Just before Christmas I received a catalog in the mail from Dell which included products from their consumer line (laptops and desktops) as well as from their business offerings (servers, workstations, etc.).  I’m sure someone in marketing thought that it would be handy to put all of these items in one place since some consumers might also be business decision makers, and vice versa.  So as I flipped through the last few pages I came across this gem of a headline:

Now anyone who works in retail knows POS means Point of Sale, but for the rest of the world (and probably most of the recipients of the catalog), POS means Piece of Sh*t and of all the things I think Dell wants you to believe about their products, I find it unlikely that they want to be associated with sh*t.  While the headline made me laugh, it also made me consider how often I use acronyms or other ‘insider’ terminology.  Jargon can become so well integrated into our daily speech patterns that we forget whether our audience truly interprets the words we use in the way we would like them to. Regardless of your industry or your background, you have likely picked up some speech habits that are clearly understood within your normal operating environment, but may be misinterpreted outside of that sphere.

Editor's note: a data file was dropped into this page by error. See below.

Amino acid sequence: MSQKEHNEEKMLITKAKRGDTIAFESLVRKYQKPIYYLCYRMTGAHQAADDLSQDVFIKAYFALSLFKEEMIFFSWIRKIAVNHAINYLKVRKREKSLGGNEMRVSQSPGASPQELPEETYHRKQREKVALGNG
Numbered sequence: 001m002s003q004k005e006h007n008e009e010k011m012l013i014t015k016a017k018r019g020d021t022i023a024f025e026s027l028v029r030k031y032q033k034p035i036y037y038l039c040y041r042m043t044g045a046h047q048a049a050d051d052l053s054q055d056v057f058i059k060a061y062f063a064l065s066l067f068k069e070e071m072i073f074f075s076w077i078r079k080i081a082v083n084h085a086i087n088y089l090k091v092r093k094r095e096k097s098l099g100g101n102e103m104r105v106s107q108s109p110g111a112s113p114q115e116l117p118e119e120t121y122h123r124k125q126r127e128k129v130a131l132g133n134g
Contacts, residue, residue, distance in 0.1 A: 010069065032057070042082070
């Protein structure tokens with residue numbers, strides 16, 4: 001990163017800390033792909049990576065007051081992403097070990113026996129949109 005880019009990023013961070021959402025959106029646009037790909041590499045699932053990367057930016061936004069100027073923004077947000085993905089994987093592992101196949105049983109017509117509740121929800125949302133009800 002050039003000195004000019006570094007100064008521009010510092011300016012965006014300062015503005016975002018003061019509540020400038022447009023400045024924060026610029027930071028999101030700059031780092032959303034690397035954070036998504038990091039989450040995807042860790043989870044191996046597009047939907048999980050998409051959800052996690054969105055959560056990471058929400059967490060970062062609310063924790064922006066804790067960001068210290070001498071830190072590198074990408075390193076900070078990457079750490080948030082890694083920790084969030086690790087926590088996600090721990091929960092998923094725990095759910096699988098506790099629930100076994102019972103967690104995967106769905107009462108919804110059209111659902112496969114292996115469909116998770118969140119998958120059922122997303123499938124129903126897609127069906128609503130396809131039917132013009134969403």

At best using jargon will result in a failure to get your point across.  At worst you may end up saying the opposite of what you mean.  Your best bet is to make a conscious effort to minimize the amount of industry lingo you incorporate in your verbal and written communications, and to always be aware of your audience when you use insider terms.

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